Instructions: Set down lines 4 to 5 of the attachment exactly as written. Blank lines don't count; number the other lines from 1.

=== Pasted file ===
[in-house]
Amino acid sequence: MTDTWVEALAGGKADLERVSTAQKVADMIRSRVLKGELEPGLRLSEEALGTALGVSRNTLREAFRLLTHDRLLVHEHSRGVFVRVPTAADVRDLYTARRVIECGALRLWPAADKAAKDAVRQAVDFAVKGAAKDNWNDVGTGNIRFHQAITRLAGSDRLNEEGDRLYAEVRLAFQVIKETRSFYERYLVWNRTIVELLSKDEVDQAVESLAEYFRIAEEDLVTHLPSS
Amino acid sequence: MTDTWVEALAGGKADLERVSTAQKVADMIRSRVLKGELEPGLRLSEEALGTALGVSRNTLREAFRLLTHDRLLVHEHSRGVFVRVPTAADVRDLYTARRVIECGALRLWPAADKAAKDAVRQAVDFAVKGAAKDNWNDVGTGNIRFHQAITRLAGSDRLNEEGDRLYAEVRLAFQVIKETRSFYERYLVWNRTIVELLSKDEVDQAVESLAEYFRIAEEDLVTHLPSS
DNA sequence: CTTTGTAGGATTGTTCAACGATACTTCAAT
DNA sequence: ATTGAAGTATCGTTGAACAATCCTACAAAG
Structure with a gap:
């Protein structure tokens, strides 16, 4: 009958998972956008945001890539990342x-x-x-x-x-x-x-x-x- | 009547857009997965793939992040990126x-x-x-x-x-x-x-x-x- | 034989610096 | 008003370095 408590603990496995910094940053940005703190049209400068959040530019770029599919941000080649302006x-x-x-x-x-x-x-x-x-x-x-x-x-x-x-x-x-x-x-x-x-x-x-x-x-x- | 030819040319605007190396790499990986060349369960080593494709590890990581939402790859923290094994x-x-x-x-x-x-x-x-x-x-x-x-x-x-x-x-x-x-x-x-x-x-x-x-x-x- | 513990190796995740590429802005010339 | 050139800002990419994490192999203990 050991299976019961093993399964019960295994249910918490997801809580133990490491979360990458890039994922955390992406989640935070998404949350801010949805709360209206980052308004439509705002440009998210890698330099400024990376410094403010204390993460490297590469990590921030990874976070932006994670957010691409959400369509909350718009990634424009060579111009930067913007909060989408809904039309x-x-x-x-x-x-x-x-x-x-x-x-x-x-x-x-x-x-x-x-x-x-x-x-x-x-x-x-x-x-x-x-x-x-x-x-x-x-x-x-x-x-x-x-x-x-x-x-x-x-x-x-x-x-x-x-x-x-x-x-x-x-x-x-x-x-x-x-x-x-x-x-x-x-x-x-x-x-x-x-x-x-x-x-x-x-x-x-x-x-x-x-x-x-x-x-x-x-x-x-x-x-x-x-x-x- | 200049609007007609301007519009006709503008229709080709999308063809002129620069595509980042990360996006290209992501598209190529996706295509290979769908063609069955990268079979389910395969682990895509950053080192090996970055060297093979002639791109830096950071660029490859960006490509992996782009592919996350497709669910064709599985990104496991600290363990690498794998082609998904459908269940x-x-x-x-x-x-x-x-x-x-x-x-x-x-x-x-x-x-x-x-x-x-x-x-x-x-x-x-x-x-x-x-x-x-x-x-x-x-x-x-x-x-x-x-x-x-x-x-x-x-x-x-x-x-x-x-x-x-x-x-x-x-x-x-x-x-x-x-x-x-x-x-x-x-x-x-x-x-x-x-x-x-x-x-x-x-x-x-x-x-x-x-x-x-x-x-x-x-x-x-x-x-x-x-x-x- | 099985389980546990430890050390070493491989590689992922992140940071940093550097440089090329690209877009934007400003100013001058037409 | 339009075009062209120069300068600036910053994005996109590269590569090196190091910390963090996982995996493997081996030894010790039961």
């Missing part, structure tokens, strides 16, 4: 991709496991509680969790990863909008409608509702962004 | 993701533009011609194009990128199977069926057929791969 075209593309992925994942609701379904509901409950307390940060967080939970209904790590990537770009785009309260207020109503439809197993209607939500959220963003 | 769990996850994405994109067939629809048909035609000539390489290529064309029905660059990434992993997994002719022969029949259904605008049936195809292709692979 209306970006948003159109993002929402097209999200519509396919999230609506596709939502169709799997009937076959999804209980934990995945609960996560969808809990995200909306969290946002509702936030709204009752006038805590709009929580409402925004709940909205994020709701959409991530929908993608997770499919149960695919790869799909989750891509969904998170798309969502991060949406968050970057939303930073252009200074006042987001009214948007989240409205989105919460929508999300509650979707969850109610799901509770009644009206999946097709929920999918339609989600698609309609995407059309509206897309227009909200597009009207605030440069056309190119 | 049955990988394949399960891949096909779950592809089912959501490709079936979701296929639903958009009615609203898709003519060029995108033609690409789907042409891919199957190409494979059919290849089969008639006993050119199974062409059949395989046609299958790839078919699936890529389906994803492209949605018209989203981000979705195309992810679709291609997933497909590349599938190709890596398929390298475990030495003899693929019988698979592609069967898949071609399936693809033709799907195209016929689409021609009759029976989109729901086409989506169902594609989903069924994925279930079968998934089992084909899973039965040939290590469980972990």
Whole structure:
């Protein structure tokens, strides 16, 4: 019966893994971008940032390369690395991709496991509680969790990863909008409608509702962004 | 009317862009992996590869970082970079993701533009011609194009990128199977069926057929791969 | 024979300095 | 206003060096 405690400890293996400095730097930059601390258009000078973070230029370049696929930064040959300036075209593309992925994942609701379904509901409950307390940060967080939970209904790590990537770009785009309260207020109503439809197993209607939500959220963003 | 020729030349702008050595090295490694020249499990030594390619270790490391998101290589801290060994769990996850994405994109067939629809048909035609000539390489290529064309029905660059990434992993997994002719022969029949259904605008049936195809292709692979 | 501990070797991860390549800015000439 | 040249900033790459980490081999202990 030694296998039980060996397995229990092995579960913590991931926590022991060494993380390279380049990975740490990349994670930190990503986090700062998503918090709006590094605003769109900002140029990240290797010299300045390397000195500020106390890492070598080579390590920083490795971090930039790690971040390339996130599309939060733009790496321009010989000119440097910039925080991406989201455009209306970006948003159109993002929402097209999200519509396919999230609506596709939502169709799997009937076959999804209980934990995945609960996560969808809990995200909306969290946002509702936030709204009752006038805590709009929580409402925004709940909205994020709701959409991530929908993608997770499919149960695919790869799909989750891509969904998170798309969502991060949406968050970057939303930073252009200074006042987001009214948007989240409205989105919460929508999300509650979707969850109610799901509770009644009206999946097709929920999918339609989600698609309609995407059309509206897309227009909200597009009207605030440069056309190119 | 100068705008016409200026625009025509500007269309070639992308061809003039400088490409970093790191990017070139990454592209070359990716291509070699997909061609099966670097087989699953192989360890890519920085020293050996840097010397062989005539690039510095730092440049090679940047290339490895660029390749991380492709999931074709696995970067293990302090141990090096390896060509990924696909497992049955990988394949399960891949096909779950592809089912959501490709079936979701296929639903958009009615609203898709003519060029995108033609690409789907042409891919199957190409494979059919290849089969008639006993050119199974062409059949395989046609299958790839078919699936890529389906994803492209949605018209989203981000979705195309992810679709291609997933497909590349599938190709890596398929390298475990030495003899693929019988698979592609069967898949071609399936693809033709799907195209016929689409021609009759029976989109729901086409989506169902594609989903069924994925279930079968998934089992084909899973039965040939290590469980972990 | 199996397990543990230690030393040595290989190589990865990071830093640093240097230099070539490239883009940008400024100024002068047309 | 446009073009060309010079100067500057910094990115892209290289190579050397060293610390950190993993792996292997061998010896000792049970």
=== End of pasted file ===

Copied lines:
DNA sequence: CTTTGTAGGATTGTTCAACGATACTTCAAT
DNA sequence: ATTGAAGTATCGTTGAACAATCCTACAAAG